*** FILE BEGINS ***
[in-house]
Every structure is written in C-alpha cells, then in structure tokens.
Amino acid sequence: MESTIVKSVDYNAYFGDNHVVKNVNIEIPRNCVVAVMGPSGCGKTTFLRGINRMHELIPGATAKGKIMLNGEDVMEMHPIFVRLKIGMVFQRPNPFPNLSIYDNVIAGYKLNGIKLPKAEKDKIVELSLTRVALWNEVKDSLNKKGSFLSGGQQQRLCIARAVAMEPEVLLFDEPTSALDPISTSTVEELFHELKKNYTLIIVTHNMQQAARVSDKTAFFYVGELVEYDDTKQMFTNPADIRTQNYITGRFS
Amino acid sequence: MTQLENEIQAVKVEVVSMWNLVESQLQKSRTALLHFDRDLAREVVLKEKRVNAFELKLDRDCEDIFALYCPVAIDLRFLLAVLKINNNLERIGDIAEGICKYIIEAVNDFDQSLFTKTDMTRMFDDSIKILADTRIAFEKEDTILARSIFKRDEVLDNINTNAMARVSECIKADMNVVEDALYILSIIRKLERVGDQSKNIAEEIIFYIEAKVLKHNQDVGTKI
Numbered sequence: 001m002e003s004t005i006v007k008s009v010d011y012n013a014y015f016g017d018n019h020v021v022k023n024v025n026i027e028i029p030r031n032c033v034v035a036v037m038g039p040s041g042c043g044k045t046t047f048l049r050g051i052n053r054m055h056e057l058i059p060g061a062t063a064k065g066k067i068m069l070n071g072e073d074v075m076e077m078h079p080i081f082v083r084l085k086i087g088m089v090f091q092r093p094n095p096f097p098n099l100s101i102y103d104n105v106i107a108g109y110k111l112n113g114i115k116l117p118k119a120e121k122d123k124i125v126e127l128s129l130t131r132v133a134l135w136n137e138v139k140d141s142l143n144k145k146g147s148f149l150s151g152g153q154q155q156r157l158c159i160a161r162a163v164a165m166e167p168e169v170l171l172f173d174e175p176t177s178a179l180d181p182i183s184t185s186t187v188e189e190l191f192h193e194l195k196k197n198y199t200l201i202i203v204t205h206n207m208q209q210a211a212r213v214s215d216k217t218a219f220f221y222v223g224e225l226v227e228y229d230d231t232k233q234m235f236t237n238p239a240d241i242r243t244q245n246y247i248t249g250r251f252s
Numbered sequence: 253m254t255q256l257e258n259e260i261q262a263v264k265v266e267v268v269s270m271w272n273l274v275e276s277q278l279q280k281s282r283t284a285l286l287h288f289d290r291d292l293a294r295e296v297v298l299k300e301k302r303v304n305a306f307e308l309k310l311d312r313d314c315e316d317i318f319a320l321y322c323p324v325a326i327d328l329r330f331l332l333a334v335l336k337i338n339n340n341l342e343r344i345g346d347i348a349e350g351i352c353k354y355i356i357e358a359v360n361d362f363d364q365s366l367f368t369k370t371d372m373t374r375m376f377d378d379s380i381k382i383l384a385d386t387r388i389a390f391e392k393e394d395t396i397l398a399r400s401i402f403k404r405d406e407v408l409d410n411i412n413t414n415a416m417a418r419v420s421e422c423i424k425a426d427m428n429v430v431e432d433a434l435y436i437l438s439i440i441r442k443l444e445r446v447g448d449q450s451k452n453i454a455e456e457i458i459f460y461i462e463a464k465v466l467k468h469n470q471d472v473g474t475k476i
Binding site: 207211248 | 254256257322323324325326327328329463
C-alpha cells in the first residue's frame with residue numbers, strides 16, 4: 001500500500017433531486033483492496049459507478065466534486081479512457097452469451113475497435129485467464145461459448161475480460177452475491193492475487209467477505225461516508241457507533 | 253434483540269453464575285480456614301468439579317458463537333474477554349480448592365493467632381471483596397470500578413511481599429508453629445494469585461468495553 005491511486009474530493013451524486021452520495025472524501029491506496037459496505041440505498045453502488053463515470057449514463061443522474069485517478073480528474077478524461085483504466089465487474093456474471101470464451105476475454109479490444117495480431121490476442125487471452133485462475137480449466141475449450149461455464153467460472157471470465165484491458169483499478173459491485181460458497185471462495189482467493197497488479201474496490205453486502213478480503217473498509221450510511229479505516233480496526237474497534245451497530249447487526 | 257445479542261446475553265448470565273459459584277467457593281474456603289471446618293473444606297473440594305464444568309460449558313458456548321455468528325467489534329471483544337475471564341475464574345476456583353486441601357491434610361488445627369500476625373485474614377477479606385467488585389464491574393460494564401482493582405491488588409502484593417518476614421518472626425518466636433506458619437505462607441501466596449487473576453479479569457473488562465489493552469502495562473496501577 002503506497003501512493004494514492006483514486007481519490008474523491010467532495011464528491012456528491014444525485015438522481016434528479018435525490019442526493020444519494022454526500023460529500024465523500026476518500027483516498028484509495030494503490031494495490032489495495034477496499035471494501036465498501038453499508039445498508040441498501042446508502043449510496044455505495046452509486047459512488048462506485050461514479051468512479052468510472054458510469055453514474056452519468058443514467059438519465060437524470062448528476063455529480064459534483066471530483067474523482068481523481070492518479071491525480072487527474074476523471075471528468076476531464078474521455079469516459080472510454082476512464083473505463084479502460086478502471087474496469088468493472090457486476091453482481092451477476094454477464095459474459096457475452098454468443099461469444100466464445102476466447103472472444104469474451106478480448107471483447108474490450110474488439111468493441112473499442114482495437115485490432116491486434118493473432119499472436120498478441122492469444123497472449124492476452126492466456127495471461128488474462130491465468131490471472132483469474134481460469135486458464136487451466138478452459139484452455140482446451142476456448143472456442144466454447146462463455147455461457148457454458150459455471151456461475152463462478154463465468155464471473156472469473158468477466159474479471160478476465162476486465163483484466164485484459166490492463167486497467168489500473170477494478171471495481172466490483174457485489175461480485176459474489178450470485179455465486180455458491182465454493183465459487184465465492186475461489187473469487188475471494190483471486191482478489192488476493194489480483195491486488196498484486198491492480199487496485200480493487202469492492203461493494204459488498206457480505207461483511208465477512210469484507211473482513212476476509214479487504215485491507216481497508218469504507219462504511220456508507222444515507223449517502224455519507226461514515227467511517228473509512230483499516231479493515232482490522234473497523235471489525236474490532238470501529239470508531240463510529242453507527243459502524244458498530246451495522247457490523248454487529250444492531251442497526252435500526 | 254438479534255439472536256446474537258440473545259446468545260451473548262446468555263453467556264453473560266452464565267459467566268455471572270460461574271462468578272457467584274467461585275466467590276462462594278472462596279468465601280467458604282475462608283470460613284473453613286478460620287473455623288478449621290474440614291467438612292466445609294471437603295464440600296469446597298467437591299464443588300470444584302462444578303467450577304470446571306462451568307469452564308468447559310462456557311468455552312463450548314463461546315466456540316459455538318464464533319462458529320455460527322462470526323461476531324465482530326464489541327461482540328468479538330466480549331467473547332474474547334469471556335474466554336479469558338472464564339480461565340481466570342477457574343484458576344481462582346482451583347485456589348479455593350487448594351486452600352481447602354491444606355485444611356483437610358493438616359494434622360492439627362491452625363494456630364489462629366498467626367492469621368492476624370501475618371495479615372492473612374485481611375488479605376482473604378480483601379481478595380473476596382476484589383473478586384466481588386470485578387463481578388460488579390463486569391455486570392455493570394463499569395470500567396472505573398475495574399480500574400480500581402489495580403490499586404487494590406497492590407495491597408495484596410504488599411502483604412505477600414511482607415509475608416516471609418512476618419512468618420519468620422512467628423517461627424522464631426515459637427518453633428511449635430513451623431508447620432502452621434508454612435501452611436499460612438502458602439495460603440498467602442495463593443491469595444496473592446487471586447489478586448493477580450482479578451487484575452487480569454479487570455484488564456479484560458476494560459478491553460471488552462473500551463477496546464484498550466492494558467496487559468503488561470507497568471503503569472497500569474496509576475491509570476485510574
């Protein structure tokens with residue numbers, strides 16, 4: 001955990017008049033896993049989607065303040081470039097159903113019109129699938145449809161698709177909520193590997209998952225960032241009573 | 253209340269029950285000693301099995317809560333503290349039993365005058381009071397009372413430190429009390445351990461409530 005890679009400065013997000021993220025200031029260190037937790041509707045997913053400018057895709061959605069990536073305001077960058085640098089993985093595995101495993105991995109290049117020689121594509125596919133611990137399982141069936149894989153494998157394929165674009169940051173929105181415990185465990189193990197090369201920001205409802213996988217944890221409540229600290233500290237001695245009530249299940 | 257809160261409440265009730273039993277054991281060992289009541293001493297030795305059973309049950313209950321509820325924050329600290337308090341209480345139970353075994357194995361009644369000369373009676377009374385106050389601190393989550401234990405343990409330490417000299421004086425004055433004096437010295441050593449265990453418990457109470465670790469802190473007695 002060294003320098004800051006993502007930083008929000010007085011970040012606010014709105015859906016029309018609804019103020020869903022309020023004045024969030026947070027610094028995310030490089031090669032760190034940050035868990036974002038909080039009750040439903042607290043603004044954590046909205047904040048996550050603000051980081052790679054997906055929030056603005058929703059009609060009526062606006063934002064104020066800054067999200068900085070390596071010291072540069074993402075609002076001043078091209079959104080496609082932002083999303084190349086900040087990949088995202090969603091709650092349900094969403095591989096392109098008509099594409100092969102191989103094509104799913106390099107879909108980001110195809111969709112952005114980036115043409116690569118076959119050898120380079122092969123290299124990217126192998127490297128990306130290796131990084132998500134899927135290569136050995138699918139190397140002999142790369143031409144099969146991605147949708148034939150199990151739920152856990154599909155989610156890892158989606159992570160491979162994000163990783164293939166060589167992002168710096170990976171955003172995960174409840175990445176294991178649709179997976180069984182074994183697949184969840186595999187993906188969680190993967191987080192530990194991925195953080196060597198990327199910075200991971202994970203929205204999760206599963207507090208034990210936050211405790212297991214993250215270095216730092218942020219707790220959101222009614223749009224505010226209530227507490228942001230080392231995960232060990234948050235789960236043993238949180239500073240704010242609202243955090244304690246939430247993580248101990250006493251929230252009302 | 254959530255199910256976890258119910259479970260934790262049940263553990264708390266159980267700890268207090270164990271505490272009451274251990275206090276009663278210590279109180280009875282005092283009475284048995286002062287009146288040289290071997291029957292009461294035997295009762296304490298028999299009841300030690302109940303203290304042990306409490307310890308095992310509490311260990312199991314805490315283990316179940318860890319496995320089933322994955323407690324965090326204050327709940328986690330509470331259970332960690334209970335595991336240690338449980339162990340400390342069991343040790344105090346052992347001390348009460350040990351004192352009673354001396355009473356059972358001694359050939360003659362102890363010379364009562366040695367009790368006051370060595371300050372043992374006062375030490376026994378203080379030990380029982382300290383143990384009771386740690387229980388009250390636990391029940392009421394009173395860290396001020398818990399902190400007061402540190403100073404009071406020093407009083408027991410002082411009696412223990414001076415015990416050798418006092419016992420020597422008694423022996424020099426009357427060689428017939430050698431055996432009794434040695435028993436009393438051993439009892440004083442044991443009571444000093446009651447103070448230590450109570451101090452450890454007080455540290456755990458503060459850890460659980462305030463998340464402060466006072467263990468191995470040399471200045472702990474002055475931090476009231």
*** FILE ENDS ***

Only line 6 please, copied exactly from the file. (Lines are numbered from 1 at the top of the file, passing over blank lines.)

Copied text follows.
Numbered sequence: 253m254t255q256l257e258n259e260i261q262a263v264k265v266e267v268v269s270m271w272n273l274v275e276s277q278l279q280k281s282r283t284a285l286l287h288f289d290r291d292l293a294r295e296v297v298l299k300e301k302r303v304n305a306f307e308l309k310l311d312r313d314c315e316d317i318f319a320l321y322c323p324v325a326i327d328l329r330f331l332l333a334v335l336k337i338n339n340n341l342e343r344i345g346d347i348a349e350g351i352c353k354y355i356i357e358a359v360n361d362f363d364q365s366l367f368t369k370t371d372m373t374r375m376f377d378d379s380i381k382i383l384a385d386t387r388i389a390f391e392k393e394d395t396i397l398a399r400s401i402f403k404r405d406e407v408l409d410n411i412n413t414n415a416m417a418r419v420s421e422c423i424k425a426d427m428n429v430v431e432d433a434l435y436i437l438s439i440i441r442k443l444e445r446v447g448d449q450s451k452n453i454a455e456e457i458i459f460y461i462e463a464k465v466l467k468h469n470q471d472v473g474t475k476i